Key Trump witness nixed after Merchan's stringent rulings reveals what his testimony would have been

Former President Trump’s legal team was slated to call on a former commissioner of the Federal Election Commission to testify in the NY v. Trump case, but the expert’s testimony was not heard after the presiding judge curbed the scope of what he could discuss before the jury. 

“Judge Merchan has so restricted my testimony that defense has decided not to call me. Now, it’s elementary that the judge instructs the jury on the law, so I understand his reluctance,” former FEC Commissioner Bradley Smith posted on X Monday. 

“But the Federal Election Campaign Act is very complex. Even Antonin Scalia – a pretty smart guy, even you hate him – once said ‘this [campaign finance] law is so intricate that I can’t figure it out.’ Picture a jury in a product liability case trying to figure out if a complex machine was negligently designed, based only on a boilerplate recitation of the general definition of ‘negligence.’ They’d be lost without knowing technology & industry norms,” he continued. 

Smith is an election law expert whom Trump has called the “Rolls-Royce” of experts in his field, but he will not testify after Judge Juan Merchan ruled he could speak before the court on the basic definitions surrounding election law, but that he could not expand beyond that scope. 

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Trump was charged with 34 counts of falsifying business records in the first degree in the case. Manhattan DA Alvin Bragg must prove to the jury that not only did Trump falsify the business records related to payments to former porn star Stormy Daniels, but that he did so in furtherance of another crime – conspiracy to promote or prevent election. 

Smith served as an FEC commissioner and chairman between 2000 and 2005. The FEC is the U.S. agency dedicated to enforcing campaign finance laws. His testimony was slated to shed light on prosecutors’ claims that Trump allegedly falsified business records, which is a misdemeanor that has already passed the statute of limitations, in order to cover up an election violation. 

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Smith lamented on social media that while the prosecution’s witness, Michael Cohen, was allowed to go “on at length about whether and how his activity violated” the Federal Election Campaign Act, he was barred from broadening the scope of his previously anticipated testimony, which “effectively” led to the jury getting “its instructions on FECA from Michael Cohen!”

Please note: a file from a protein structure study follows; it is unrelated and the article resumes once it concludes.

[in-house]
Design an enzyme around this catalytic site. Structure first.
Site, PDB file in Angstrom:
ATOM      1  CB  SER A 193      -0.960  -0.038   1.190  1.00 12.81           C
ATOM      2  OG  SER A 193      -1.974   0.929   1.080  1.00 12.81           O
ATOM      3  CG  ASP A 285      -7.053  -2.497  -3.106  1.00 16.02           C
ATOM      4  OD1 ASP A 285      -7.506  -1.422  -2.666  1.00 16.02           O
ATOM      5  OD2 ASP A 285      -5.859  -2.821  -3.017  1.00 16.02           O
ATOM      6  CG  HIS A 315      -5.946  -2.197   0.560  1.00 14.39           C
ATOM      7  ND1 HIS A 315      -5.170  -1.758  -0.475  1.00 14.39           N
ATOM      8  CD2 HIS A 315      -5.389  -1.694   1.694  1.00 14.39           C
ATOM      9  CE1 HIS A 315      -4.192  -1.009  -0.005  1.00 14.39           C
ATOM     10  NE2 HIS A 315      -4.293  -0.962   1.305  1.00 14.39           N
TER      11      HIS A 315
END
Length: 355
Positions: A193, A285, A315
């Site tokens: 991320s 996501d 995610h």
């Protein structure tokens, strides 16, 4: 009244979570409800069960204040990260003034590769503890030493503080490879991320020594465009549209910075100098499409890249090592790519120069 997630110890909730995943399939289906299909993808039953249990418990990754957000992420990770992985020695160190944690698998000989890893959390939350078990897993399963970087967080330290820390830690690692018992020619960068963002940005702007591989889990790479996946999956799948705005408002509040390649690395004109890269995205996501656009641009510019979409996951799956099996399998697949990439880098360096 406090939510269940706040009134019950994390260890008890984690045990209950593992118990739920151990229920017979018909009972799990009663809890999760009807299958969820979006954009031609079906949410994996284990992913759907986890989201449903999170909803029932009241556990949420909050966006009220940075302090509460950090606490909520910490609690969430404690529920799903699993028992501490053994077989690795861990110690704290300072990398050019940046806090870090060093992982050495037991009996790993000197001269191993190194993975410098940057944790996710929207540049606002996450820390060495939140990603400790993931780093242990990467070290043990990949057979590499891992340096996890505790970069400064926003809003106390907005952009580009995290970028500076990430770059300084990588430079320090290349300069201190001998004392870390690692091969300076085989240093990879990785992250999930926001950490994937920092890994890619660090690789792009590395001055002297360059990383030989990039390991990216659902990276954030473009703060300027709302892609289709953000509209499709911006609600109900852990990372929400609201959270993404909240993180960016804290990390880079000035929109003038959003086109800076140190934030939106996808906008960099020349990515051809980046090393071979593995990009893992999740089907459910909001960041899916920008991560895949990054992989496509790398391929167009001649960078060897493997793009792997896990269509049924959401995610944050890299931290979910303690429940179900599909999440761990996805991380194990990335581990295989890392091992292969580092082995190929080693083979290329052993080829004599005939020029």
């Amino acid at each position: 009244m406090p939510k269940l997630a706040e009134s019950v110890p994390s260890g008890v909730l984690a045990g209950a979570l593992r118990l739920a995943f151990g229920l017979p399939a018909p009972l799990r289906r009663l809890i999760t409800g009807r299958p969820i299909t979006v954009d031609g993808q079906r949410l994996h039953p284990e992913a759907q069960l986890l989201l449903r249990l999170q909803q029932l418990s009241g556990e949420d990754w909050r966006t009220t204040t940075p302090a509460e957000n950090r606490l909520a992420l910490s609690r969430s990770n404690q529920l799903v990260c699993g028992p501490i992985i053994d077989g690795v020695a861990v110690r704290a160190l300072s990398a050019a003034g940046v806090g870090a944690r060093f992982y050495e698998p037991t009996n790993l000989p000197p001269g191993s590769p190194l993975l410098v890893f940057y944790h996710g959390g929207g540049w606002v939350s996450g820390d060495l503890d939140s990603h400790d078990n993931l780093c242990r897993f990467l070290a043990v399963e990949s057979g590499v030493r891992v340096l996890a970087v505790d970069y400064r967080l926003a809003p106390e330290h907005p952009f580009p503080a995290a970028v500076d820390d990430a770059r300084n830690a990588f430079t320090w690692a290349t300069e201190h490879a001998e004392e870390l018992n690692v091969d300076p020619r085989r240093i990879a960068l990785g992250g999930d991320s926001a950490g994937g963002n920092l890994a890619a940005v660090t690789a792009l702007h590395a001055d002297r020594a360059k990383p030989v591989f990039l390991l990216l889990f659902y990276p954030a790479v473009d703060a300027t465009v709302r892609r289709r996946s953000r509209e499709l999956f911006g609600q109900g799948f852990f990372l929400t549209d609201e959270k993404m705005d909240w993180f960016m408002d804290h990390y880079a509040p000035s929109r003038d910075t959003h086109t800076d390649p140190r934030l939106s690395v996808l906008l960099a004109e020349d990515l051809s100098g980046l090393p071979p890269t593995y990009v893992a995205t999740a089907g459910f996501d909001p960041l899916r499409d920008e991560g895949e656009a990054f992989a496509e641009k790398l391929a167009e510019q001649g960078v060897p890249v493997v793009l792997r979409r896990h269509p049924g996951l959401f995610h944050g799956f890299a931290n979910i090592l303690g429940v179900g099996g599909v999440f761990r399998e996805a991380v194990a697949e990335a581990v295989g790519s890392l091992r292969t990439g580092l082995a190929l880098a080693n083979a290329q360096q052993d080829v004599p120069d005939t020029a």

Smith spoke with the Washington Examiner on Monday, discussing what he would have said in court if he testified. 

“Judges instruct the juries on the law,” Smith told the Washington Examiner. “And they don’t want a battle of competing experts saying here’s what the law is. They feel it’s their province to make that determination. The problem, of course, is that campaign finance law is extremely complex and just reading the statute to people isn’t really going to help them very much.”

Smith said he anticipated “to lay out the ways the law has been interpreted in ways that might not be obvious,” while noting election laws are very complicated matters. 

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“You read the law and it says that anything intended for the purpose of influencing an election is a contribution or an expenditure,” Smith explained. “But that’s not in fact the entirety of the law. There is the obscure, and separate from the definitional part, idea of personal use, which is a separate part of the law that says you can’t divert campaign funds to personal use. That has a number of specific prohibitions, like you can’t buy a country club membership, you can’t normally pay yourself a salary or living expenses, you can’t go on vacation – all these kinds of things. And then it includes a broader, general prohibition that says you can’t divert [campaign funds] to any obligation that would exist even if you were not running for office.”